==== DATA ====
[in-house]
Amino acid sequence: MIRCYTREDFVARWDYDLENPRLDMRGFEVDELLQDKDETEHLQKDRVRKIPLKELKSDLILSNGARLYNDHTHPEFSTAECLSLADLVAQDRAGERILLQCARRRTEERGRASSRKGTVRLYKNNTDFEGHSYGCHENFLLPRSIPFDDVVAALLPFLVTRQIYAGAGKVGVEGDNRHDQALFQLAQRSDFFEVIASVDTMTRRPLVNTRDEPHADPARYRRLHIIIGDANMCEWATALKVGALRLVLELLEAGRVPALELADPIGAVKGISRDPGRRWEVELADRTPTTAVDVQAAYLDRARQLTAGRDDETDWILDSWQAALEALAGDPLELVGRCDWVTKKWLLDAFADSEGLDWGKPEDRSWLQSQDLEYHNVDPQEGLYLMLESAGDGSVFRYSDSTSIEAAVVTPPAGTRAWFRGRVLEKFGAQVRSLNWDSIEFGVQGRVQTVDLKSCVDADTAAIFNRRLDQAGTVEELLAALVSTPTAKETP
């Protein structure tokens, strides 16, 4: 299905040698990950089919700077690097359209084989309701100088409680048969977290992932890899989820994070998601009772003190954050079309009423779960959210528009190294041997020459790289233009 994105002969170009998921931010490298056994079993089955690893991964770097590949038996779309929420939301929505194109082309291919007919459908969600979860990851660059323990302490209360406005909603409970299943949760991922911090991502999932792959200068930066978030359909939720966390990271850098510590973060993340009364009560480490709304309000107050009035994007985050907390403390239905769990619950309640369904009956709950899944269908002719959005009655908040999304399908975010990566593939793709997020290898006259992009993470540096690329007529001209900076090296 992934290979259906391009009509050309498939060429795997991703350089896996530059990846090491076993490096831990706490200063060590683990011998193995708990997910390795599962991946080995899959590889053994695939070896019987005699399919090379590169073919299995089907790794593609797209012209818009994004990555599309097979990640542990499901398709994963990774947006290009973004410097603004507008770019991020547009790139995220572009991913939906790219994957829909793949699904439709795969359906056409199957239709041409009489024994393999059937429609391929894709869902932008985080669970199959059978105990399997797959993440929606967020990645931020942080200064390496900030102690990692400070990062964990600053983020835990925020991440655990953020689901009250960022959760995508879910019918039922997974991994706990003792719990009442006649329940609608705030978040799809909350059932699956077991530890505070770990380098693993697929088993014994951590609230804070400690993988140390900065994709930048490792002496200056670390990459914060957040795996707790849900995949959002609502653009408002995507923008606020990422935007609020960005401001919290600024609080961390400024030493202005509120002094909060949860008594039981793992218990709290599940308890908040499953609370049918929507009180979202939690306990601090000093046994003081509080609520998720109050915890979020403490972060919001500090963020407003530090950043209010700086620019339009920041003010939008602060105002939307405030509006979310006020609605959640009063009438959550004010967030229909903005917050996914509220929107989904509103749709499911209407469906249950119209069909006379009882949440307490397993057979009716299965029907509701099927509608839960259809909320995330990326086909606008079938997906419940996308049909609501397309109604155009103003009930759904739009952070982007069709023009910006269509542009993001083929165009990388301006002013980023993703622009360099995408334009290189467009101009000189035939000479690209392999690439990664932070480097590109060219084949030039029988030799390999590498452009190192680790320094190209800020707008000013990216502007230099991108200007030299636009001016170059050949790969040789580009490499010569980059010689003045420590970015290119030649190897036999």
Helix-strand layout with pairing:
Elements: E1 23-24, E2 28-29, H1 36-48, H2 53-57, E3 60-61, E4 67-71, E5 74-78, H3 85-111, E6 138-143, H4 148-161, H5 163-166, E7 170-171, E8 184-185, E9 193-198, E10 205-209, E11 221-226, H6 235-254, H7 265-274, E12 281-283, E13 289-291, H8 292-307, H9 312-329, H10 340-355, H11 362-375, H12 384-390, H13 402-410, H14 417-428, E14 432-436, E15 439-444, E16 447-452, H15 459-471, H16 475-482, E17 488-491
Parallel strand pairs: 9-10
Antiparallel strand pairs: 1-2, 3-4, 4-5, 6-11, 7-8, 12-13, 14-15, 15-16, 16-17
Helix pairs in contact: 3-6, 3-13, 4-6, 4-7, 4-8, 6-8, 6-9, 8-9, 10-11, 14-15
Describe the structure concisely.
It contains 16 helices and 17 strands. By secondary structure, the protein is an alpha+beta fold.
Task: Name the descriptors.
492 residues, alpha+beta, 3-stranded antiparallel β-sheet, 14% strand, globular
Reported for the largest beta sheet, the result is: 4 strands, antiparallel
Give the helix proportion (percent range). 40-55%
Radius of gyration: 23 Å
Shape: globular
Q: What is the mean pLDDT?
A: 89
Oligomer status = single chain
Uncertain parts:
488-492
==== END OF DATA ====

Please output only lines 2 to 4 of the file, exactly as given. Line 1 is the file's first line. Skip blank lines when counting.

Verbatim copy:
Amino acid sequence: MIRCYTREDFVARWDYDLENPRLDMRGFEVDELLQDKDETEHLQKDRVRKIPLKELKSDLILSNGARLYNDHTHPEFSTAECLSLADLVAQDRAGERILLQCARRRTEERGRASSRKGTVRLYKNNTDFEGHSYGCHENFLLPRSIPFDDVVAALLPFLVTRQIYAGAGKVGVEGDNRHDQALFQLAQRSDFFEVIASVDTMTRRPLVNTRDEPHADPARYRRLHIIIGDANMCEWATALKVGALRLVLELLEAGRVPALELADPIGAVKGISRDPGRRWEVELADRTPTTAVDVQAAYLDRARQLTAGRDDETDWILDSWQAALEALAGDPLELVGRCDWVTKKWLLDAFADSEGLDWGKPEDRSWLQSQDLEYHNVDPQEGLYLMLESAGDGSVFRYSDSTSIEAAVVTPPAGTRAWFRGRVLEKFGAQVRSLNWDSIEFGVQGRVQTVDLKSCVDADTAAIFNRRLDQAGTVEELLAALVSTPTAKETP
């Protein structure tokens, strides 16, 4: 299905040698990950089919700077690097359209084989309701100088409680048969977290992932890899989820994070998601009772003190954050079309009423779960959210528009190294041997020459790289233009 994105002969170009998921931010490298056994079993089955690893991964770097590949038996779309929420939301929505194109082309291919007919459908969600979860990851660059323990302490209360406005909603409970299943949760991922911090991502999932792959200068930066978030359909939720966390990271850098510590973060993340009364009560480490709304309000107050009035994007985050907390403390239905769990619950309640369904009956709950899944269908002719959005009655908040999304399908975010990566593939793709997020290898006259992009993470540096690329007529001209900076090296 992934290979259906391009009509050309498939060429795997991703350089896996530059990846090491076993490096831990706490200063060590683990011998193995708990997910390795599962991946080995899959590889053994695939070896019987005699399919090379590169073919299995089907790794593609797209012209818009994004990555599309097979990640542990499901398709994963990774947006290009973004410097603004507008770019991020547009790139995220572009991913939906790219994957829909793949699904439709795969359906056409199957239709041409009489024994393999059937429609391929894709869902932008985080669970199959059978105990399997797959993440929606967020990645931020942080200064390496900030102690990692400070990062964990600053983020835990925020991440655990953020689901009250960022959760995508879910019918039922997974991994706990003792719990009442006649329940609608705030978040799809909350059932699956077991530890505070770990380098693993697929088993014994951590609230804070400690993988140390900065994709930048490792002496200056670390990459914060957040795996707790849900995949959002609502653009408002995507923008606020990422935007609020960005401001919290600024609080961390400024030493202005509120002094909060949860008594039981793992218990709290599940308890908040499953609370049918929507009180979202939690306990601090000093046994003081509080609520998720109050915890979020403490972060919001500090963020407003530090950043209010700086620019339009920041003010939008602060105002939307405030509006979310006020609605959640009063009438959550004010967030229909903005917050996914509220929107989904509103749709499911209407469906249950119209069909006379009882949440307490397993057979009716299965029907509701099927509608839960259809909320995330990326086909606008079938997906419940996308049909609501397309109604155009103003009930759904739009952070982007069709023009910006269509542009993001083929165009990388301006002013980023993703622009360099995408334009290189467009101009000189035939000479690209392999690439990664932070480097590109060219084949030039029988030799390999590498452009190192680790320094190209800020707008000013990216502007230099991108200007030299636009001016170059050949790969040789580009490499010569980059010689003045420590970015290119030649190897036999």
Helix-strand layout with pairing: